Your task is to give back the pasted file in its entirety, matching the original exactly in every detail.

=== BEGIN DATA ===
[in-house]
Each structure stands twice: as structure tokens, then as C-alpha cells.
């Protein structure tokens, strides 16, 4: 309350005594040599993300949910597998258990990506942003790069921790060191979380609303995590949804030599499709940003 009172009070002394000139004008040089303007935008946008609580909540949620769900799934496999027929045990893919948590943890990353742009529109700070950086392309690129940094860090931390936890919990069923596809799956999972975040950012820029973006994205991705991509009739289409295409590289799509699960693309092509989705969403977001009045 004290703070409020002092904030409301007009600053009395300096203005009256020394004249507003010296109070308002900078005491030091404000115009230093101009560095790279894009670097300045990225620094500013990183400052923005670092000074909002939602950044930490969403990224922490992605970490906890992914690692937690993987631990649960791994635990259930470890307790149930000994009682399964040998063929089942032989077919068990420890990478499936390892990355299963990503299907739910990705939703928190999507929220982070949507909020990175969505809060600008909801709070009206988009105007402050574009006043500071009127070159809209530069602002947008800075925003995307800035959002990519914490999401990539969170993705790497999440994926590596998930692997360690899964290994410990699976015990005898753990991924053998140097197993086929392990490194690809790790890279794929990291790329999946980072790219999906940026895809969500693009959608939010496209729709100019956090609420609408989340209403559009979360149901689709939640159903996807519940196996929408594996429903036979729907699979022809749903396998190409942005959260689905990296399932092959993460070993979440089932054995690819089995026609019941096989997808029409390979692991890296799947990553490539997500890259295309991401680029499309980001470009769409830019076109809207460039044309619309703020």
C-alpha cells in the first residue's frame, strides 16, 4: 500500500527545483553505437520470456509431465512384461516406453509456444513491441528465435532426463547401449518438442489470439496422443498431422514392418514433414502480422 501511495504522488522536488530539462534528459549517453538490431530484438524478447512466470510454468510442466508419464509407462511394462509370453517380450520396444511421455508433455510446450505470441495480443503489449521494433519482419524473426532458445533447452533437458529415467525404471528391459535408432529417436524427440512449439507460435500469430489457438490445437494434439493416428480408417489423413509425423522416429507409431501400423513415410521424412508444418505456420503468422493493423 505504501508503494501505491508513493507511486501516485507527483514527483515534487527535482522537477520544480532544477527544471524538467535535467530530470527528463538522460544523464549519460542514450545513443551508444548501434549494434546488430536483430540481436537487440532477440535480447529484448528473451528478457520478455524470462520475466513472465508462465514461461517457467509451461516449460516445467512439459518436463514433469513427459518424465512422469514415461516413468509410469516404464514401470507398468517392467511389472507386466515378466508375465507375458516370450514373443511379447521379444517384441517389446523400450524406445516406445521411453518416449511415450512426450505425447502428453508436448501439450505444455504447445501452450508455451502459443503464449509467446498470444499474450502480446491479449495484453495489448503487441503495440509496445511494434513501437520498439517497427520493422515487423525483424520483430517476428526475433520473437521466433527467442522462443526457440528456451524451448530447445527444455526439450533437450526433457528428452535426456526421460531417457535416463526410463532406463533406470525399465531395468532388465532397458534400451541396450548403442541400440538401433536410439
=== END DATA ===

[in-house]
Each structure stands twice: as structure tokens, then as C-alpha cells.
């Protein structure tokens, strides 16, 4: 309350005594040599993300949910597998258990990506942003790069921790060191979380609303995590949804030599499709940003 009172009070002394000139004008040089303007935008946008609580909540949620769900799934496999027929045990893919948590943890990353742009529109700070950086392309690129940094860090931390936890919990069923596809799956999972975040950012820029973006994205991705991509009739289409295409590289799509699960693309092509989705969403977001009045 004290703070409020002092904030409301007009600053009395300096203005009256020394004249507003010296109070308002900078005491030091404000115009230093101009560095790279894009670097300045990225620094500013990183400052923005670092000074909002939602950044930490969403990224922490992605970490906890992914690692937690993987631990649960791994635990259930470890307790149930000994009682399964040998063929089942032989077919068990420890990478499936390892990355299963990503299907739910990705939703928190999507929220982070949507909020990175969505809060600008909801709070009206988009105007402050574009006043500071009127070159809209530069602002947008800075925003995307800035959002990519914490999401990539969170993705790497999440994926590596998930692997360690899964290994410990699976015990005898753990991924053998140097197993086929392990490194690809790790890279794929990291790329999946980072790219999906940026895809969500693009959608939010496209729709100019956090609420609408989340209403559009979360149901689709939640159903996807519940196996929408594996429903036979729907699979022809749903396998190409942005959260689905990296399932092959993460070993979440089932054995690819089995026609019941096989997808029409390979692991890296799947990553490539997500890259295309991401680029499309980001470009769409830019076109809207460039044309619309703020």
C-alpha cells in the first residue's frame, strides 16, 4: 500500500527545483553505437520470456509431465512384461516406453509456444513491441528465435532426463547401449518438442489470439496422443498431422514392418514433414502480422 501511495504522488522536488530539462534528459549517453538490431530484438524478447512466470510454468510442466508419464509407462511394462509370453517380450520396444511421455508433455510446450505470441495480443503489449521494433519482419524473426532458445533447452533437458529415467525404471528391459535408432529417436524427440512449439507460435500469430489457438490445437494434439493416428480408417489423413509425423522416429507409431501400423513415410521424412508444418505456420503468422493493423 505504501508503494501505491508513493507511486501516485507527483514527483515534487527535482522537477520544480532544477527544471524538467535535467530530470527528463538522460544523464549519460542514450545513443551508444548501434549494434546488430536483430540481436537487440532477440535480447529484448528473451528478457520478455524470462520475466513472465508462465514461461517457467509451461516449460516445467512439459518436463514433469513427459518424465512422469514415461516413468509410469516404464514401470507398468517392467511389472507386466515378466508375465507375458516370450514373443511379447521379444517384441517389446523400450524406445516406445521411453518416449511415450512426450505425447502428453508436448501439450505444455504447445501452450508455451502459443503464449509467446498470444499474450502480446491479449495484453495489448503487441503495440509496445511494434513501437520498439517497427520493422515487423525483424520483430517476428526475433520473437521466433527467442522462443526457440528456451524451448530447445527444455526439450533437450526433457528428452535426456526421460531417457535416463526410463532406463533406470525399465531395468532388465532397458534400451541396450548403442541400440538401433536410439